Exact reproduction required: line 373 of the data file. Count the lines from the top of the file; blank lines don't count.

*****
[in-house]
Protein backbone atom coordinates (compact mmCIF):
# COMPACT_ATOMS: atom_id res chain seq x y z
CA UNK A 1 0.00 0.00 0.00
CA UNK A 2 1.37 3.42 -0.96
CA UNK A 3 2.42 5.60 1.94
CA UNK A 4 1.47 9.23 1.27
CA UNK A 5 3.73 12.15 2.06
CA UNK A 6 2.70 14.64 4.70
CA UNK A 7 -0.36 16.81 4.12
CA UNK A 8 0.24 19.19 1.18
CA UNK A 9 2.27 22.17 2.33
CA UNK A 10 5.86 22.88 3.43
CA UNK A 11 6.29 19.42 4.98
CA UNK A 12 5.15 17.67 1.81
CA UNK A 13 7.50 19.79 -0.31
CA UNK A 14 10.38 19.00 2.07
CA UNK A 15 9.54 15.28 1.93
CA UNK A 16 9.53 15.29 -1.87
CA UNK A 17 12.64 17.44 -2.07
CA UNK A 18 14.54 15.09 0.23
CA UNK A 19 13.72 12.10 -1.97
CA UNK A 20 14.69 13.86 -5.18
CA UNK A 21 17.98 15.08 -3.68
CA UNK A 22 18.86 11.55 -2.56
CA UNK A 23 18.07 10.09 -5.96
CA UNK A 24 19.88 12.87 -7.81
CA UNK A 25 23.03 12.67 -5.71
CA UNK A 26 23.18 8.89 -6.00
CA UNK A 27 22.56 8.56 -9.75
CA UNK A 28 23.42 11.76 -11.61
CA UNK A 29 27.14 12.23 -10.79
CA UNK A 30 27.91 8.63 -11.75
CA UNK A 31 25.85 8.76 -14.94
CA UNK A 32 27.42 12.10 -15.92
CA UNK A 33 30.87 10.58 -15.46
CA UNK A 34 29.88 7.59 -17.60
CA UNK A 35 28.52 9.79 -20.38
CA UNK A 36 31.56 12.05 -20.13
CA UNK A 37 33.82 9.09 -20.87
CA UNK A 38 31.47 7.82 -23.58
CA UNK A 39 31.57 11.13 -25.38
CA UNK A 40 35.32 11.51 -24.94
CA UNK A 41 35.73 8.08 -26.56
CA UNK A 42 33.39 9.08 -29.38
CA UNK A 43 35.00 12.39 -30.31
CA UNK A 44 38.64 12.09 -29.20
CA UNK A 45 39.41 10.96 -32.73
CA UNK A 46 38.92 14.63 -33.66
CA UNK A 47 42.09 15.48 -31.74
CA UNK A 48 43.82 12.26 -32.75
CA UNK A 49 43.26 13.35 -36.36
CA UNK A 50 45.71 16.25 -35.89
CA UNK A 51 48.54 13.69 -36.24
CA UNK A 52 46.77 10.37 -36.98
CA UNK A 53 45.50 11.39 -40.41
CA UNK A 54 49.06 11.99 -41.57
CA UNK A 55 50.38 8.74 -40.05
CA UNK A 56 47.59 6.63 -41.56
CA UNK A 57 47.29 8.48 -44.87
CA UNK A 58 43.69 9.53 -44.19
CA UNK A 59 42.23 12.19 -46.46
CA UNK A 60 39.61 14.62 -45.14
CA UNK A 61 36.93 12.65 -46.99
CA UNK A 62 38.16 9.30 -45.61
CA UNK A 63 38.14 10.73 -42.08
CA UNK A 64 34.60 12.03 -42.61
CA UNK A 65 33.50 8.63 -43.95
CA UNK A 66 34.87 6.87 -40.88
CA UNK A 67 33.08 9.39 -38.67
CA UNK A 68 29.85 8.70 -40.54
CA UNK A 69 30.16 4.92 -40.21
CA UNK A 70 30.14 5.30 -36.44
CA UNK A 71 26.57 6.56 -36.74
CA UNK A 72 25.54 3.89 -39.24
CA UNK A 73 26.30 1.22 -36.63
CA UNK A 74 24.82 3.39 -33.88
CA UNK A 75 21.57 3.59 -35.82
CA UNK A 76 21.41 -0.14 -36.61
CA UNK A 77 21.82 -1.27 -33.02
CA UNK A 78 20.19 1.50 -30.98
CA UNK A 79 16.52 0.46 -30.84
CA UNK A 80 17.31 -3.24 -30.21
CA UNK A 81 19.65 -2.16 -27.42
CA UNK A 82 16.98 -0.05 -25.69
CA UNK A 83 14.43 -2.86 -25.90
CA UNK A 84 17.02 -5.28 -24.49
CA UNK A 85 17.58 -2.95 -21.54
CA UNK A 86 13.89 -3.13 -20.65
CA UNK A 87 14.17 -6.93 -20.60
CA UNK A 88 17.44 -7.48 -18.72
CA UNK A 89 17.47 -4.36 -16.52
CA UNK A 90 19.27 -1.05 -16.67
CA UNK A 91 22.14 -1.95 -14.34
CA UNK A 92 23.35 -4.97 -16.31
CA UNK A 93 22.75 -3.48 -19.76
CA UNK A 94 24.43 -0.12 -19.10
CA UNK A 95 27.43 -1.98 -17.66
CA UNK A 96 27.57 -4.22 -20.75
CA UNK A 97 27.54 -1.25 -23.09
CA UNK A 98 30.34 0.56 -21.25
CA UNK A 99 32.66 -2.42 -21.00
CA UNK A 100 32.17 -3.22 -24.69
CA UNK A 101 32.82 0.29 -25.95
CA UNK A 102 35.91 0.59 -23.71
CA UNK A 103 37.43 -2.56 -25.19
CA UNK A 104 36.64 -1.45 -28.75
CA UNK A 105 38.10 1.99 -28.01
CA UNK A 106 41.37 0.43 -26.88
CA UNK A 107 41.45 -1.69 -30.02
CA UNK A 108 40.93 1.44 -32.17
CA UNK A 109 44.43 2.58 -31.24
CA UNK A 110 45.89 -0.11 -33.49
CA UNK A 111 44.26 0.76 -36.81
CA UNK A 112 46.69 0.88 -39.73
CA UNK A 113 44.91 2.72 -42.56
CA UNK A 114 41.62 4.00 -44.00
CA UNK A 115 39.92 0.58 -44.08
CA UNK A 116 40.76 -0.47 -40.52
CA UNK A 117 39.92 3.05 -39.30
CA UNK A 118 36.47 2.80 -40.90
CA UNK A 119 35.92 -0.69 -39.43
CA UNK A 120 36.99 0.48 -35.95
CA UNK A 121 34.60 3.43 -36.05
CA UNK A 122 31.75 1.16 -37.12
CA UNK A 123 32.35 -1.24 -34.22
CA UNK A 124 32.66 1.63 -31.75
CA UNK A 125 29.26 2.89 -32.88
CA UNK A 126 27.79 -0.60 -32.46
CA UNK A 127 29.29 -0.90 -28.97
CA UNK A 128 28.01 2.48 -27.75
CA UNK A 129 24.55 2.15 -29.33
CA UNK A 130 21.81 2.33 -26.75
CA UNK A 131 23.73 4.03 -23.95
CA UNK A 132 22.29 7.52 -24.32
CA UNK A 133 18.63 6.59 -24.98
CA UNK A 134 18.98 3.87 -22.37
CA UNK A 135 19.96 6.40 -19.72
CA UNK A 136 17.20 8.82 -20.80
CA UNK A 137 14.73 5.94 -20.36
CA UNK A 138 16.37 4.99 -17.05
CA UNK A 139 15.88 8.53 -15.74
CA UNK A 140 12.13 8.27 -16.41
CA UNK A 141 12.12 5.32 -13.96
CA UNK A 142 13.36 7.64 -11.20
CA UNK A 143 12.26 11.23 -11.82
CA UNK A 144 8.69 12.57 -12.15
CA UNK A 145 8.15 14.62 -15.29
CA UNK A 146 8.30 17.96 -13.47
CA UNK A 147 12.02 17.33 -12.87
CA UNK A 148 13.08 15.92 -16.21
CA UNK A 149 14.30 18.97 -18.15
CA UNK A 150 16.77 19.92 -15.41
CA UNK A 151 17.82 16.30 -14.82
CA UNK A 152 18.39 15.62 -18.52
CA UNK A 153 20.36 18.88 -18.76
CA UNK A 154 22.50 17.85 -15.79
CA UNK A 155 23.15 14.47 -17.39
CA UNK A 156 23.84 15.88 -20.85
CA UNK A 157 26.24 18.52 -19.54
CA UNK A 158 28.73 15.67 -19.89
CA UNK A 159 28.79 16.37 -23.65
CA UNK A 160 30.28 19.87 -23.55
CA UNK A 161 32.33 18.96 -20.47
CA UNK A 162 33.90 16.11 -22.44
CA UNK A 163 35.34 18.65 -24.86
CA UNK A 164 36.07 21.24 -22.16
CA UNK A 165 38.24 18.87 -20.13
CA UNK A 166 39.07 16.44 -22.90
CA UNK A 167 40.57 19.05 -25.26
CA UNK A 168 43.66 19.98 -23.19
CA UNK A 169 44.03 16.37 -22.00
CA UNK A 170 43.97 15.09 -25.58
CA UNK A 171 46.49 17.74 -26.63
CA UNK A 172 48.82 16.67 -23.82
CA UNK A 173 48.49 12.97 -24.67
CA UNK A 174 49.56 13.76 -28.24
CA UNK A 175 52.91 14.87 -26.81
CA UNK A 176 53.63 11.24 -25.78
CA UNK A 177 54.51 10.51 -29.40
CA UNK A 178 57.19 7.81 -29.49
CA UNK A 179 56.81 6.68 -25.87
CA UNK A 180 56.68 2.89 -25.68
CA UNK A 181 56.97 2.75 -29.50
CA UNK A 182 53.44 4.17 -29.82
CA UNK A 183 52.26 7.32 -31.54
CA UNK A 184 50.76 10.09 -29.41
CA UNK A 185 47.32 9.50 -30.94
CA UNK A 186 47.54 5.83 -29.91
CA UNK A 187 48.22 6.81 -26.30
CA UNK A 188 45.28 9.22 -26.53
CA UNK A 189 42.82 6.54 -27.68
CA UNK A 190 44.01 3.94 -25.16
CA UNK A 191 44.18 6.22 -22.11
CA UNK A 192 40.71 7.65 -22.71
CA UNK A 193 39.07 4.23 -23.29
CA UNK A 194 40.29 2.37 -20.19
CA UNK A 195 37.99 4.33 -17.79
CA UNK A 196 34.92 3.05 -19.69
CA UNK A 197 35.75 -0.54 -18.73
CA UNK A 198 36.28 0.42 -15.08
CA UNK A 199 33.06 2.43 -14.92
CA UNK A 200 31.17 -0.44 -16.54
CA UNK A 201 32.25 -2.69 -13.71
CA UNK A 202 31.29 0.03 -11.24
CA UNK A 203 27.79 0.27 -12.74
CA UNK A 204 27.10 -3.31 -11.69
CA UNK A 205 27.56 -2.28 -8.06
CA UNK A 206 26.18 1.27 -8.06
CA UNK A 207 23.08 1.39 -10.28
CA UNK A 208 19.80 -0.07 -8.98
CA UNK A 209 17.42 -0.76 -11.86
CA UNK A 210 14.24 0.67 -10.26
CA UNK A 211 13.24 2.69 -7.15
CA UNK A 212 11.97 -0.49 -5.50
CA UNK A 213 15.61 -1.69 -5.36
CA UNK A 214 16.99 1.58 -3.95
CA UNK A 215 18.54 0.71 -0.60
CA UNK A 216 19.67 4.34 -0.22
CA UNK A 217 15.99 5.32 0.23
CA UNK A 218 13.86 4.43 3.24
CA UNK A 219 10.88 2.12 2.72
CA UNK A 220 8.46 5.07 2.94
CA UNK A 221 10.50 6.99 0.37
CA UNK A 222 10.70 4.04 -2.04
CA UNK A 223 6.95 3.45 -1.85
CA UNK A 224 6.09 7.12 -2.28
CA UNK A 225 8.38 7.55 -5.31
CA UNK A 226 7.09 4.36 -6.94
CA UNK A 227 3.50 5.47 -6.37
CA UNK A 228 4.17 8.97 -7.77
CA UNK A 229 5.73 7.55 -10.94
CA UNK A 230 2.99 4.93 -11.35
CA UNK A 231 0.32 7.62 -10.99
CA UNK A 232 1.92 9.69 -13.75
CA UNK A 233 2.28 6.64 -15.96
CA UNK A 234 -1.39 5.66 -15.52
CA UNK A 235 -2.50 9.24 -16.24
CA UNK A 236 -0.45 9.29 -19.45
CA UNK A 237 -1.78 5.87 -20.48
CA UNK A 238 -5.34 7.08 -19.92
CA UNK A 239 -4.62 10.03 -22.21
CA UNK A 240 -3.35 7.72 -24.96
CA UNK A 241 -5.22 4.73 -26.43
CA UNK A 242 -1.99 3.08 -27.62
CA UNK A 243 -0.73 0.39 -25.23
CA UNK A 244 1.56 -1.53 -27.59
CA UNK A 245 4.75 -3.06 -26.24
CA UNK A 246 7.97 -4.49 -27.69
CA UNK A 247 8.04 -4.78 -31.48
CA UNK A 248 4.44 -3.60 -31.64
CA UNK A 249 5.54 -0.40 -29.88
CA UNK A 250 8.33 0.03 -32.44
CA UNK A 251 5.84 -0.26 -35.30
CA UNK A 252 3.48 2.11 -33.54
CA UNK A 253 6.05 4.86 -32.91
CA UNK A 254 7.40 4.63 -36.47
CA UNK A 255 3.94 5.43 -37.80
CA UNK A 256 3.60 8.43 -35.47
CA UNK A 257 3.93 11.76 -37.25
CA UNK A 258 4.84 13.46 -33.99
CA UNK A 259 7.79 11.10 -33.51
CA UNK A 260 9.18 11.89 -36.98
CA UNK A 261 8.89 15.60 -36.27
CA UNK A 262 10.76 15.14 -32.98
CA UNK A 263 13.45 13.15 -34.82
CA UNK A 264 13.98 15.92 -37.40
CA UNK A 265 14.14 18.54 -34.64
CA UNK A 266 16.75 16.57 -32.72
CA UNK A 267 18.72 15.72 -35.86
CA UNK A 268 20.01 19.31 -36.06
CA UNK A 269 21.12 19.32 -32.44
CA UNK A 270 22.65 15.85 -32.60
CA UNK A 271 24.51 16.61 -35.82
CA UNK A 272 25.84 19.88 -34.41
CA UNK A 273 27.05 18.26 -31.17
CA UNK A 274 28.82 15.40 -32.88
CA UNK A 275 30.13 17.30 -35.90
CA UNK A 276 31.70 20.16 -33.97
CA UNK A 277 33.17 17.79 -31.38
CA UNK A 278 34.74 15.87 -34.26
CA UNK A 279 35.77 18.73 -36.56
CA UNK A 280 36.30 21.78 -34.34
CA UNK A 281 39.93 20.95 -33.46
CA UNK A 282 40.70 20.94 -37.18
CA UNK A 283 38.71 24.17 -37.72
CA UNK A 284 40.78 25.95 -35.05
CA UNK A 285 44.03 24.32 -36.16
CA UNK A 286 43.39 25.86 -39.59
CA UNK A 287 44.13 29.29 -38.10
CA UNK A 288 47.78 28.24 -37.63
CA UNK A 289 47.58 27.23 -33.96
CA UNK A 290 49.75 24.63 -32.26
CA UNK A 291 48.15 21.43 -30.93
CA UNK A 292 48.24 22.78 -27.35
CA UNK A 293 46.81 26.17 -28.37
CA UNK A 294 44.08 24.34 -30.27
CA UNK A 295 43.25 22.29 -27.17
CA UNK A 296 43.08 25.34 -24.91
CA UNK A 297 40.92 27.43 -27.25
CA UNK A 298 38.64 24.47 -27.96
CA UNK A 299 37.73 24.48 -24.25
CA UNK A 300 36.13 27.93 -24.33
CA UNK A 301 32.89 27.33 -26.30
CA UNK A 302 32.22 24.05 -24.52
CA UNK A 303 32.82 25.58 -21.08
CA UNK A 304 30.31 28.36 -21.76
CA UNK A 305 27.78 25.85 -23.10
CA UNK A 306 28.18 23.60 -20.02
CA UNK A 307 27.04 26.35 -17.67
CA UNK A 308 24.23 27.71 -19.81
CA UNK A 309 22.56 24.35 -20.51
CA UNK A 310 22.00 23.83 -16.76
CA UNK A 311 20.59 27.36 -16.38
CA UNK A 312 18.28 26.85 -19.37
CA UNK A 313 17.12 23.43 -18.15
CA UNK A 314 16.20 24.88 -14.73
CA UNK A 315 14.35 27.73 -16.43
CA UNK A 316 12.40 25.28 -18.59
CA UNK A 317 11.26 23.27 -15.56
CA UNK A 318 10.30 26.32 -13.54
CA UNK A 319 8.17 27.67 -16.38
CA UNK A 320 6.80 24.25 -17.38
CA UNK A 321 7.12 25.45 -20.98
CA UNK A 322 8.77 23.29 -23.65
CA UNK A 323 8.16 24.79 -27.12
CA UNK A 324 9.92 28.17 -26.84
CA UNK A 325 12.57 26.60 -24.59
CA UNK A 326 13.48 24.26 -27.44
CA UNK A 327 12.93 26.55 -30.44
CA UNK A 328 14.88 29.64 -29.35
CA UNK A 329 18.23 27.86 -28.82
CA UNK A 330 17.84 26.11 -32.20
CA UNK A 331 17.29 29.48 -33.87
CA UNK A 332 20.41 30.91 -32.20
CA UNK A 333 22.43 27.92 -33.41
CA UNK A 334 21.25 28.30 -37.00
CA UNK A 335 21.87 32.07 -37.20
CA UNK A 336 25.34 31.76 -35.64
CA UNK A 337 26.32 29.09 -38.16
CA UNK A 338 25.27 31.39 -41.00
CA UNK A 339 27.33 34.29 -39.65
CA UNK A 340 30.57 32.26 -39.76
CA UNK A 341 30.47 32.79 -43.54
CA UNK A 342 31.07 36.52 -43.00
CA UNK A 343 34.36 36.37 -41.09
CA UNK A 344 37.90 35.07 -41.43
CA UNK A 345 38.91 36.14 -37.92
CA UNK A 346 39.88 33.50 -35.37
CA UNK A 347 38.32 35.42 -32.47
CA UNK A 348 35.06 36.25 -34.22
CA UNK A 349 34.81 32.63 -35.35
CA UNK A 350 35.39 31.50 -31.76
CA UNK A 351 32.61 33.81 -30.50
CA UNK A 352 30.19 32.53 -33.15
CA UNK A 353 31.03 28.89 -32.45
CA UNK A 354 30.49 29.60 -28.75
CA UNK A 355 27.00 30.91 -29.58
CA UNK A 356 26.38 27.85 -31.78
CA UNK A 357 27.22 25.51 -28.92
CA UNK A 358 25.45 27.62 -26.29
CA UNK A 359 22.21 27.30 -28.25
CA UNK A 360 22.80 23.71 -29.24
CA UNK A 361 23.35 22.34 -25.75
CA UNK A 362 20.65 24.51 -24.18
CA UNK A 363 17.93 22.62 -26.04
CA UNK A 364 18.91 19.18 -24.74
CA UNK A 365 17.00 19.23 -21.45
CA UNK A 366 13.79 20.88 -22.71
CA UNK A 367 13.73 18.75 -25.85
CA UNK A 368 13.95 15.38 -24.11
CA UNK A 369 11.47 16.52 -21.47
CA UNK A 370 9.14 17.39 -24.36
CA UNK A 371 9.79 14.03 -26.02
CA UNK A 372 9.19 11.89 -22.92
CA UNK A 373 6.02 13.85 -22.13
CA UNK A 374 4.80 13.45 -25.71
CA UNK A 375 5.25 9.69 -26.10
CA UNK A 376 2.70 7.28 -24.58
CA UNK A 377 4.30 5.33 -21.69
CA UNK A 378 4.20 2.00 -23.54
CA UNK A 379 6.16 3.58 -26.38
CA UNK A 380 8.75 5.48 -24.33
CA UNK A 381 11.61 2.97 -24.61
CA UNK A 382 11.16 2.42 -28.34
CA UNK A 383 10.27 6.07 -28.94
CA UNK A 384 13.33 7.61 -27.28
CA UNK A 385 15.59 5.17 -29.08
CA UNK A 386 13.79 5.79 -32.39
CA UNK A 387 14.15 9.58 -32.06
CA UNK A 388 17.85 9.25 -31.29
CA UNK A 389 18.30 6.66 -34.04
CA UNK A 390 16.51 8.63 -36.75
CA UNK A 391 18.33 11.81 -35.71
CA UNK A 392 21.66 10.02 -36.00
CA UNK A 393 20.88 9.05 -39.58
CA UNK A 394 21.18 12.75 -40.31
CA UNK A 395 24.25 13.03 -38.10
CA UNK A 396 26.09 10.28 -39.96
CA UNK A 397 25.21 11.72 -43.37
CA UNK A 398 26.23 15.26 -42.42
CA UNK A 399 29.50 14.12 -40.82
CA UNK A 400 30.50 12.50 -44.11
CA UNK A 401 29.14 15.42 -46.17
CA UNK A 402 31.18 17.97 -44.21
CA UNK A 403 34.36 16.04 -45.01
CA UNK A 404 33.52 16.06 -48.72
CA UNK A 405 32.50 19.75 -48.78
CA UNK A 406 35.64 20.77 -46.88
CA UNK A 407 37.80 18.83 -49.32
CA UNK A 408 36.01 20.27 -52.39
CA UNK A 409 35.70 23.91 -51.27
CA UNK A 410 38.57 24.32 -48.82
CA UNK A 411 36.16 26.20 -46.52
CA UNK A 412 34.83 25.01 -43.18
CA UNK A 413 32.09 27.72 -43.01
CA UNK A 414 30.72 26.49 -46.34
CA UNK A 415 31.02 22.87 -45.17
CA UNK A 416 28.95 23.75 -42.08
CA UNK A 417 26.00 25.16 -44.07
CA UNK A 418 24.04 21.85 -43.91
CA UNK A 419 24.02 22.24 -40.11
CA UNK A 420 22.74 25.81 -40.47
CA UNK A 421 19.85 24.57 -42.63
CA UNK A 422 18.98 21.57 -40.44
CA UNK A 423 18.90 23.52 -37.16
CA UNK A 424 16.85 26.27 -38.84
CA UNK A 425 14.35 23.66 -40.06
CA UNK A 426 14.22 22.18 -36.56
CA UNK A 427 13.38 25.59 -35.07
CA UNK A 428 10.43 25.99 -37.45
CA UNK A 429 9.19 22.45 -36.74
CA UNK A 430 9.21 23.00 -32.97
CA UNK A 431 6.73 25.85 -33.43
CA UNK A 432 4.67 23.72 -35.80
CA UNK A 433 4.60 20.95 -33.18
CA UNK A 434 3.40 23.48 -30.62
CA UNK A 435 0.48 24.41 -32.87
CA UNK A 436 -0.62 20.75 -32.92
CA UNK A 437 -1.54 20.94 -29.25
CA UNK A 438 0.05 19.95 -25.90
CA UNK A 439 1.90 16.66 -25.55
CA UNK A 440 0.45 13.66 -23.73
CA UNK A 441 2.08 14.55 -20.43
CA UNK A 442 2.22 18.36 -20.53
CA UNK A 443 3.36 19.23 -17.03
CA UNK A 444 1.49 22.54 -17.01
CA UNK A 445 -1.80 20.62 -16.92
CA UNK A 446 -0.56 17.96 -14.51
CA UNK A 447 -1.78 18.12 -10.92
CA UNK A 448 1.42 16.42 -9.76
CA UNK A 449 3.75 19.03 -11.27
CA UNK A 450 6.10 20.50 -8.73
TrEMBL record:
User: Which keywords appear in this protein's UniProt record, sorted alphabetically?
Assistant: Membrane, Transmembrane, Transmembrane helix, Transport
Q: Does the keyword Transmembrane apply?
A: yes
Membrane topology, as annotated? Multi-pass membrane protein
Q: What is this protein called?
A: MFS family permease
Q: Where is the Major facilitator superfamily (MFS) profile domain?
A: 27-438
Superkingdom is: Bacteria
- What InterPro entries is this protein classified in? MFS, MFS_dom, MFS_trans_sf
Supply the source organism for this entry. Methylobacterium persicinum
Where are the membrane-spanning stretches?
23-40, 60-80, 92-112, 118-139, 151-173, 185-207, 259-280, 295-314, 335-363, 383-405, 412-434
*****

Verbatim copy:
CA UNK A 370 9.14 17.39 -24.36